Currently, NDOT identifies it's HSIP "flex" funding projects through the SHSP emphasis area groups. NDOT would like to expand this process to include the broader range of local safety projects. To accomplish this, NDOT would have to establish an application review and project selection process. Also, to ensure the integrity of the HSIP, NDOT will have to determine the maximum amount of HSIP funding that will be allocated to local projects. This could be determined based on SHSP emphasis area, by project and/or district. NDOT could also explore set-aside programs targeting specific SHSP strategies (i.e. pedestrian countdown signals). To ensure successful implementation of the local safety program, NDOT would seek to establish an HSIP representative in each district to assist with local project development and coordination.

Local Safety Project Administration
Local agencies face many challenges in implementing federal-aid projects. To offset some of these challenges and streamline the federal-aid process, NDOT might explore streamlining local agency agreements. For example, multiple projects might be covered by one agreement or NDOT might develop a boilerplate agreement for local force account construction. NDOT might also consider strategies to address current project delivery impediments. These strategies might include setting time limits to achieve various stages of project development (i.e. design, right-of-way acquisition, construction) from time of award. Another approach might include NDOT assisting with the construction of larger projects or locals using force account to construct smaller projects. All of these approaches should consider and adopt some level of accountability to ensure appropriate use of limited resources.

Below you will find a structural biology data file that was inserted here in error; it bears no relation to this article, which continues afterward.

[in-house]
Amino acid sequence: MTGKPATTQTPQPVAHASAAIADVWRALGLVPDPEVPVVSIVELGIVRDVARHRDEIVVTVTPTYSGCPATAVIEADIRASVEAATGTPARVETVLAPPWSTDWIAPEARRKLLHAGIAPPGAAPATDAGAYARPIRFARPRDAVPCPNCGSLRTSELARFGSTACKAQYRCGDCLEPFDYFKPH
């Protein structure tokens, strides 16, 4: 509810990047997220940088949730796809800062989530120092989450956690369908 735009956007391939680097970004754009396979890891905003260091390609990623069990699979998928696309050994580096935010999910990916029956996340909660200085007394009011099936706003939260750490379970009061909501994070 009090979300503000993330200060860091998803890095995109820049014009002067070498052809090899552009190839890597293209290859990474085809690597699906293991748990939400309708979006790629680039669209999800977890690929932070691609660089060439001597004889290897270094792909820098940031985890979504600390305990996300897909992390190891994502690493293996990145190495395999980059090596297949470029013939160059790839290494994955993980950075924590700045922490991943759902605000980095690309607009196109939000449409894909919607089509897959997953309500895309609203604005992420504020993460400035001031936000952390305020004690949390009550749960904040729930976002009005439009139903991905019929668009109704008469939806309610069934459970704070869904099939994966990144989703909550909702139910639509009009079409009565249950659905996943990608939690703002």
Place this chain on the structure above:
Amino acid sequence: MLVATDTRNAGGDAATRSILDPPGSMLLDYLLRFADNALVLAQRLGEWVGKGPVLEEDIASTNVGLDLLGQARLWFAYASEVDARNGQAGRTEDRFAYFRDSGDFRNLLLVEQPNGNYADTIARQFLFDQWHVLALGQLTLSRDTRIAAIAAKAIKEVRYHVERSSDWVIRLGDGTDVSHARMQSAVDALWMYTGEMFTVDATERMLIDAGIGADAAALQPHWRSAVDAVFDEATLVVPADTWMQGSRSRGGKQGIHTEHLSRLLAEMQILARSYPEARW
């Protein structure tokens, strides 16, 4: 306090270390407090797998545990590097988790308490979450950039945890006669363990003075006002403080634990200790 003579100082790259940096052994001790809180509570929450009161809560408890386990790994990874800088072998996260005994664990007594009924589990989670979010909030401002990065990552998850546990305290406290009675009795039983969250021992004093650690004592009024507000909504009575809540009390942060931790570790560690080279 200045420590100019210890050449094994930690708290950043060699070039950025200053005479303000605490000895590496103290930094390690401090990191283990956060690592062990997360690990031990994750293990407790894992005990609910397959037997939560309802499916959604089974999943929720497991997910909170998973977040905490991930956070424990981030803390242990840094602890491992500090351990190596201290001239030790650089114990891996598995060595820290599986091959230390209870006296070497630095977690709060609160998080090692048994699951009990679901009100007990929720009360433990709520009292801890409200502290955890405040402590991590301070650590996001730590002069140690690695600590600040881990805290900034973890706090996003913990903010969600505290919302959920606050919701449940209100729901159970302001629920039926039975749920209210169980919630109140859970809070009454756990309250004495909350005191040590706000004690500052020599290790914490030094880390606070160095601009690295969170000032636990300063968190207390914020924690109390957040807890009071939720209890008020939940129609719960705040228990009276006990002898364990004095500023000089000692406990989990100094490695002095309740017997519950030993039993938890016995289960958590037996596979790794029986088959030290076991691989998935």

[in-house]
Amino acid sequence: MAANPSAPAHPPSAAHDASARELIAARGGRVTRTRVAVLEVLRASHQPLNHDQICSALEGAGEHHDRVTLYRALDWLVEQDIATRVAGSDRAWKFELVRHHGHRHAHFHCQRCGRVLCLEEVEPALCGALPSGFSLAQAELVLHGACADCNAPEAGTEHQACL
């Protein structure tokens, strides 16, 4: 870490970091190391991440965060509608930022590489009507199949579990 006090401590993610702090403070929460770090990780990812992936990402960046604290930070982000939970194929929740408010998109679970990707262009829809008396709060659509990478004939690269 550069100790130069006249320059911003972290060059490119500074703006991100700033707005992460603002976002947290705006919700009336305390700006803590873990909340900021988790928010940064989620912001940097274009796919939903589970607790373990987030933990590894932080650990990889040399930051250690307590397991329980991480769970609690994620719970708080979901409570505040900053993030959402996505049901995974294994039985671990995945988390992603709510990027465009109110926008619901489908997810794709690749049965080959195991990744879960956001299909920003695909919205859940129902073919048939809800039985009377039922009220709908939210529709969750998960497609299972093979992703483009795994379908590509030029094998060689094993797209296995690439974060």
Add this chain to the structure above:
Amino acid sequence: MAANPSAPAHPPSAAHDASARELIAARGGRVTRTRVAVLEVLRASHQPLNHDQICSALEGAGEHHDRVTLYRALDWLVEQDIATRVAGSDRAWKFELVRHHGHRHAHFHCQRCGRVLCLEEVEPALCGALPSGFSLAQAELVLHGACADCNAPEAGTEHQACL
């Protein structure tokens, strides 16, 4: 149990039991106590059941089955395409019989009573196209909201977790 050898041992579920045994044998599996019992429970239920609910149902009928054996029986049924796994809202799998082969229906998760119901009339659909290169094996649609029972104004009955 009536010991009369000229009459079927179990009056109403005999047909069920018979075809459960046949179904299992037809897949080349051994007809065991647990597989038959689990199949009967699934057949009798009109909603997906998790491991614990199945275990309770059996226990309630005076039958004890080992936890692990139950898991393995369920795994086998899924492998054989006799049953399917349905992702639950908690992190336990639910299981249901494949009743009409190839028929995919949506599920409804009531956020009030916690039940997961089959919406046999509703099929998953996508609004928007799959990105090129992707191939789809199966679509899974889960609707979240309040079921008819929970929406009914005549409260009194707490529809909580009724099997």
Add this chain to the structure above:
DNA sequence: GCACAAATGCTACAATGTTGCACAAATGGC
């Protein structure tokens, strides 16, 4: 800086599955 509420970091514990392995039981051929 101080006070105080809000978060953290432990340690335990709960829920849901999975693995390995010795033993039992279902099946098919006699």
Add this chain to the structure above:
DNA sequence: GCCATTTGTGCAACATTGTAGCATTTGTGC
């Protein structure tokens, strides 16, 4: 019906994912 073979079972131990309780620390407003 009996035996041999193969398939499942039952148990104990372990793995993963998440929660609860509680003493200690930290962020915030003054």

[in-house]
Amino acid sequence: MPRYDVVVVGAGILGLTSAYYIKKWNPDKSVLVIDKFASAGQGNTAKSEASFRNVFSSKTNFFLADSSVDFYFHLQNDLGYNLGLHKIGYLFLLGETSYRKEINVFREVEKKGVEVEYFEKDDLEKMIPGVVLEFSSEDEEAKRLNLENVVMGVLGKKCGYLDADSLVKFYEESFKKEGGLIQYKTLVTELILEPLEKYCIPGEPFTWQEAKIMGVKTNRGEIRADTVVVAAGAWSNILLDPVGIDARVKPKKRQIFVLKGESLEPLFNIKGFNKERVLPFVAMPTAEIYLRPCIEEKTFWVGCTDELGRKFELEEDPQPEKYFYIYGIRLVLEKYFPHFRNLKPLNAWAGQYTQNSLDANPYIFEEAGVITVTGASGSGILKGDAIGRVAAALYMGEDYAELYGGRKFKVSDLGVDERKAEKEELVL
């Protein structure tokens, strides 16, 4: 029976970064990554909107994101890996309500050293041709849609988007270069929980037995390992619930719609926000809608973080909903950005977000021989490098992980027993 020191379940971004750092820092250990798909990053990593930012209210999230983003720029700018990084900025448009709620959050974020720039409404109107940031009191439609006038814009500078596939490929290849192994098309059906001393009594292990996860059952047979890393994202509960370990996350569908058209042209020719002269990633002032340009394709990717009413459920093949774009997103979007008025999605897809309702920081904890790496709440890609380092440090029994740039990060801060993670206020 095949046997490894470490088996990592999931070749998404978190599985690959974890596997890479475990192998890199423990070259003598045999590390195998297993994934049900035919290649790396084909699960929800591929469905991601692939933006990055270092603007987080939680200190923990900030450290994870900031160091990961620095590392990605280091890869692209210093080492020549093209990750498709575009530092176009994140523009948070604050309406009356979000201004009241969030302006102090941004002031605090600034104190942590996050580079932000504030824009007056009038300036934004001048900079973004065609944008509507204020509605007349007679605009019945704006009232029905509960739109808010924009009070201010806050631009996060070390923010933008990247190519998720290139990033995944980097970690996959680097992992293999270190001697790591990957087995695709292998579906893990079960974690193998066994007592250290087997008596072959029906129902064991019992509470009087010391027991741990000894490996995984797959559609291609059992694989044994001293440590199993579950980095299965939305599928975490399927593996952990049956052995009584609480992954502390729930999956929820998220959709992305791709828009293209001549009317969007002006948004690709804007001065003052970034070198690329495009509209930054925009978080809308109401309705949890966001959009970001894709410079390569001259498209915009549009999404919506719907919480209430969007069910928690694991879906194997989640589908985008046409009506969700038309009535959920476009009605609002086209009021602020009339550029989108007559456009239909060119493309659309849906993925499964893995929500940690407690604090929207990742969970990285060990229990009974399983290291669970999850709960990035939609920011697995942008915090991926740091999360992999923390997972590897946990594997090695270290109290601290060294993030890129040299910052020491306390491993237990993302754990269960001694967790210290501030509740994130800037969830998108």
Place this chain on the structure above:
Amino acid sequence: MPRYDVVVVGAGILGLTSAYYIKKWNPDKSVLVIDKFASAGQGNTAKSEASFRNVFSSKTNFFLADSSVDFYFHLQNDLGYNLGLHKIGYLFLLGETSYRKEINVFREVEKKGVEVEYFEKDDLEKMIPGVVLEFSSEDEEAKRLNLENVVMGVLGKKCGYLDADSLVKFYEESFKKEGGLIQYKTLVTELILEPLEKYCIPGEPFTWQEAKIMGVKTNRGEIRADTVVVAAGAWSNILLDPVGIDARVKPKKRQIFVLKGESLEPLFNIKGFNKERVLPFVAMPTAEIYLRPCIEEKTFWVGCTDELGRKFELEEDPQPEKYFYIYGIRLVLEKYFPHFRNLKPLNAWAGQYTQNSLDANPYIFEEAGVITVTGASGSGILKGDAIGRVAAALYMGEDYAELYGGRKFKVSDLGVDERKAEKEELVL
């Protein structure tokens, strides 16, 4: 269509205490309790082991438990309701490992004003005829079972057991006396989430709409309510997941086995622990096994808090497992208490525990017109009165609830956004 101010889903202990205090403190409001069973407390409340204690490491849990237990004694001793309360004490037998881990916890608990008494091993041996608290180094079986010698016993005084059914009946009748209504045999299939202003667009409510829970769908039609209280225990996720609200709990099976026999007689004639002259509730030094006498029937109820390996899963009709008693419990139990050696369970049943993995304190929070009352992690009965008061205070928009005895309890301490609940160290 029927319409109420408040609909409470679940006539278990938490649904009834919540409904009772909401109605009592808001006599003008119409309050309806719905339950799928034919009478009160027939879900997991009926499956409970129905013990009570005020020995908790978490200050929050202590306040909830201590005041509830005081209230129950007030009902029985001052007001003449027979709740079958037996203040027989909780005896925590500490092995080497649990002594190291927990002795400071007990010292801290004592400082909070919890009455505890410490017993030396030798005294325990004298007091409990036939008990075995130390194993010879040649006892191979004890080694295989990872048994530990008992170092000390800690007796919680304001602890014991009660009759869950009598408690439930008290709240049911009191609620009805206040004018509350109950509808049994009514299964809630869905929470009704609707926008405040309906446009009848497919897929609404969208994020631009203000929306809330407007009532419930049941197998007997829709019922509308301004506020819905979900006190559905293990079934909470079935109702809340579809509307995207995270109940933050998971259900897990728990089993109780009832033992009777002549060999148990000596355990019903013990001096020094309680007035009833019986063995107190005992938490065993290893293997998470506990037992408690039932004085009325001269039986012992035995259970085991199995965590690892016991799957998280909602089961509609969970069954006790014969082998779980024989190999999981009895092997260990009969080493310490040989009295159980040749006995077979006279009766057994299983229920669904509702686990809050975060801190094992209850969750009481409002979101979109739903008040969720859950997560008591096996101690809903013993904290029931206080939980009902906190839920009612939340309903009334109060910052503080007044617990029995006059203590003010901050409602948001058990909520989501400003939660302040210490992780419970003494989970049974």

Expand Training & Outreach Initiatives

One common theme revealed during the peer exchange was the need to expand safety-related training and outreach at all levels of government and to all stakeholders. The first step in this process is for NDOT Safety Engineering to continue communication with District Engineers and their staff. This could be accomplished by hosting regular training initiatives at each district. Potential training topics include how to conduct crash analysis, identify projects, etc. It would also be beneficial to have an HSIP Coordinator in each district. This position could not only serve as the HSIP "expert" for each district, but also conduct outreach and training initiatives with local agencies in their district.

NDOT should explore providing data analysis tools (i.e. Critical Analysis Reporting Environment - C.A.R.E.) for planning organizations and local agencies. The Local Technical Assistance Program (LTAP) could provide safety data and HSIP related training to planners, engineers and legislators. NDOT might also explore the use of a Safety Circuit Rider to assist local and rural agencies with project development. Success stories realized as part of these training and outreach initiatives can be shared with all safety stakeholders at the Statewide Safety Summit.

Goals, Performance Measures & Accountability

A common message throughout the peer exchange was to have consistent safety goals across all agencies and top level support to accomplish those goals. NDOT should consider developing one goal for all agencies under the SHSP umbrella. This might include re-evaluating "Drive Safe Nevada" and establishing a unified brand with all safety partners. To ensure safety goals are met, it is essential to have safety champions at the director level for all agencies. One way to accomplish this may be to promote NDOT's performance measure of "zero fatalities". In addition, NDOT might consider tracking performance measures (i.e. fatalities, median guard cable installed, rumble strips installed) on a regular basis. In addition, to ensure accountability for safety, top level leaders should include safety in their performance plans.